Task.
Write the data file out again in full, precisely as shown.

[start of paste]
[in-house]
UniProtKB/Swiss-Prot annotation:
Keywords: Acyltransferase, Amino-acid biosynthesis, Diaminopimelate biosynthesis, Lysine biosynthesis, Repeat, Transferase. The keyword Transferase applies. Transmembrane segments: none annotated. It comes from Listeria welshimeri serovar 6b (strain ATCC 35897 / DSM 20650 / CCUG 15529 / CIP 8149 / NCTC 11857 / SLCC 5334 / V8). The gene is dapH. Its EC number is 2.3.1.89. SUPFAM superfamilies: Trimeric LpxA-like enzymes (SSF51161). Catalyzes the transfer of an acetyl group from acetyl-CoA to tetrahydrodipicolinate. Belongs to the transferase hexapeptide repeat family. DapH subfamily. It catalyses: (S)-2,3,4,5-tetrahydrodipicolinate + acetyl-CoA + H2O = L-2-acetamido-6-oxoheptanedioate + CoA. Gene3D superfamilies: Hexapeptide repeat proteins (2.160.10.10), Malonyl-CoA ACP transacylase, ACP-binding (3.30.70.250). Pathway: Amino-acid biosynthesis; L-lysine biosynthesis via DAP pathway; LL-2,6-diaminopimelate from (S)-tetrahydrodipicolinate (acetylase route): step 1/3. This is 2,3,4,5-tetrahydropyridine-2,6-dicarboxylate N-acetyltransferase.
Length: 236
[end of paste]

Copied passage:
[in-house]
UniProtKB/Swiss-Prot annotation:
Keywords: Acyltransferase, Amino-acid biosynthesis, Diaminopimelate biosynthesis, Lysine biosynthesis, Repeat, Transferase. The keyword Transferase applies. Transmembrane segments: none annotated. It comes from Listeria welshimeri serovar 6b (strain ATCC 35897 / DSM 20650 / CCUG 15529 / CIP 8149 / NCTC 11857 / SLCC 5334 / V8). The gene is dapH. Its EC number is 2.3.1.89. SUPFAM superfamilies: Trimeric LpxA-like enzymes (SSF51161). Catalyzes the transfer of an acetyl group from acetyl-CoA to tetrahydrodipicolinate. Belongs to the transferase hexapeptide repeat family. DapH subfamily. It catalyses: (S)-2,3,4,5-tetrahydrodipicolinate + acetyl-CoA + H2O = L-2-acetamido-6-oxoheptanedioate + CoA. Gene3D superfamilies: Hexapeptide repeat proteins (2.160.10.10), Malonyl-CoA ACP transacylase, ACP-binding (3.30.70.250). Pathway: Amino-acid biosynthesis; L-lysine biosynthesis via DAP pathway; LL-2,6-diaminopimelate from (S)-tetrahydrodipicolinate (acetylase route): step 1/3. This is 2,3,4,5-tetrahydropyridine-2,6-dicarboxylate N-acetyltransferase.
Length: 236